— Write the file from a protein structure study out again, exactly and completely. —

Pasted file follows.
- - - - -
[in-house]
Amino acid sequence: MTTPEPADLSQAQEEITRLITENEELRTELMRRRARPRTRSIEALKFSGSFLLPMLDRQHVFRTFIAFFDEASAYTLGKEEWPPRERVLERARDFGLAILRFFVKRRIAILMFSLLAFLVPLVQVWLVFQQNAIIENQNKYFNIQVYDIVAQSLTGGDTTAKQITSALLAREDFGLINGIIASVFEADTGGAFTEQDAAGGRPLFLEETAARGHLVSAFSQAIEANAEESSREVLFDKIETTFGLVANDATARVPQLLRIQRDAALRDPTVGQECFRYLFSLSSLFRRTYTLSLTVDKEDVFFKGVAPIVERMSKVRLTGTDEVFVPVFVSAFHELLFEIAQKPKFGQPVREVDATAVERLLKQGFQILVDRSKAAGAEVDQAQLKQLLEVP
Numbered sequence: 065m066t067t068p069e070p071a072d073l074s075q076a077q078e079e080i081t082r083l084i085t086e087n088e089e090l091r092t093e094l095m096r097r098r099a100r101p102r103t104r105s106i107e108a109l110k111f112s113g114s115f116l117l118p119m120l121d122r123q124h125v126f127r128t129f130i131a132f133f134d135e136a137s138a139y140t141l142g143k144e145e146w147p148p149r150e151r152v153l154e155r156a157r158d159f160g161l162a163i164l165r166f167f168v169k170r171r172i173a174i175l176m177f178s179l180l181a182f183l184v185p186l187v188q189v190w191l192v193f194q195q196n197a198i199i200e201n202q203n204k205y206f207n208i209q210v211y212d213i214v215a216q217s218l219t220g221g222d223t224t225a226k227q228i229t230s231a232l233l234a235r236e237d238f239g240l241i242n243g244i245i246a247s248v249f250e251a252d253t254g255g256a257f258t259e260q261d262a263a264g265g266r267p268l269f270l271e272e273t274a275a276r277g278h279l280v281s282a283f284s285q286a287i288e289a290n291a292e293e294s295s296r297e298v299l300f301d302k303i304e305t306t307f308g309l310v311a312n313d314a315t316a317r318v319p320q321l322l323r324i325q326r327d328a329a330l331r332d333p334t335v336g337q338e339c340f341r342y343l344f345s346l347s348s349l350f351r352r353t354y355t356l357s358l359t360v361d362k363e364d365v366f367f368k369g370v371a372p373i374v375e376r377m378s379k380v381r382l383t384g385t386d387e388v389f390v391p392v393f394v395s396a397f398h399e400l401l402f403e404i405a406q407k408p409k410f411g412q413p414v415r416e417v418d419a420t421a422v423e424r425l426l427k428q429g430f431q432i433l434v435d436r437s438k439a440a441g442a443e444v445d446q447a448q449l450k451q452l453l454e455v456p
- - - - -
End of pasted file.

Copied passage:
[in-house]
Amino acid sequence: MTTPEPADLSQAQEEITRLITENEELRTELMRRRARPRTRSIEALKFSGSFLLPMLDRQHVFRTFIAFFDEASAYTLGKEEWPPRERVLERARDFGLAILRFFVKRRIAILMFSLLAFLVPLVQVWLVFQQNAIIENQNKYFNIQVYDIVAQSLTGGDTTAKQITSALLAREDFGLINGIIASVFEADTGGAFTEQDAAGGRPLFLEETAARGHLVSAFSQAIEANAEESSREVLFDKIETTFGLVANDATARVPQLLRIQRDAALRDPTVGQECFRYLFSLSSLFRRTYTLSLTVDKEDVFFKGVAPIVERMSKVRLTGTDEVFVPVFVSAFHELLFEIAQKPKFGQPVREVDATAVERLLKQGFQILVDRSKAAGAEVDQAQLKQLLEVP
Numbered sequence: 065m066t067t068p069e070p071a072d073l074s075q076a077q078e079e080i081t082r083l084i085t086e087n088e089e090l091r092t093e094l095m096r097r098r099a100r101p102r103t104r105s106i107e108a109l110k111f112s113g114s115f116l117l118p119m120l121d122r123q124h125v126f127r128t129f130i131a132f133f134d135e136a137s138a139y140t141l142g143k144e145e146w147p148p149r150e151r152v153l154e155r156a157r158d159f160g161l162a163i164l165r166f167f168v169k170r171r172i173a174i175l176m177f178s179l180l181a182f183l184v185p186l187v188q189v190w191l192v193f194q195q196n197a198i199i200e201n202q203n204k205y206f207n208i209q210v211y212d213i214v215a216q217s218l219t220g221g222d223t224t225a226k227q228i229t230s231a232l233l234a235r236e237d238f239g240l241i242n243g244i245i246a247s248v249f250e251a252d253t254g255g256a257f258t259e260q261d262a263a264g265g266r267p268l269f270l271e272e273t274a275a276r277g278h279l280v281s282a283f284s285q286a287i288e289a290n291a292e293e294s295s296r297e298v299l300f301d302k303i304e305t306t307f308g309l310v311a312n313d314a315t316a317r318v319p320q321l322l323r324i325q326r327d328a329a330l331r332d333p334t335v336g337q338e339c340f341r342y343l344f345s346l347s348s349l350f351r352r353t354y355t356l357s358l359t360v361d362k363e364d365v366f367f368k369g370v371a372p373i374v375e376r377m378s379k380v381r382l383t384g385t386d387e388v389f390v391p392v393f394v395s396a397f398h399e400l401l402f403e404i405a406q407k408p409k410f411g412q413p414v415r416e417v418d419a420t421a422v423e424r425l426l427k428q429g430f431q432i433l434v435d436r437s438k439a440a441g442a443e444v445d446q447a448q449l450k451q452l453l454e455v456p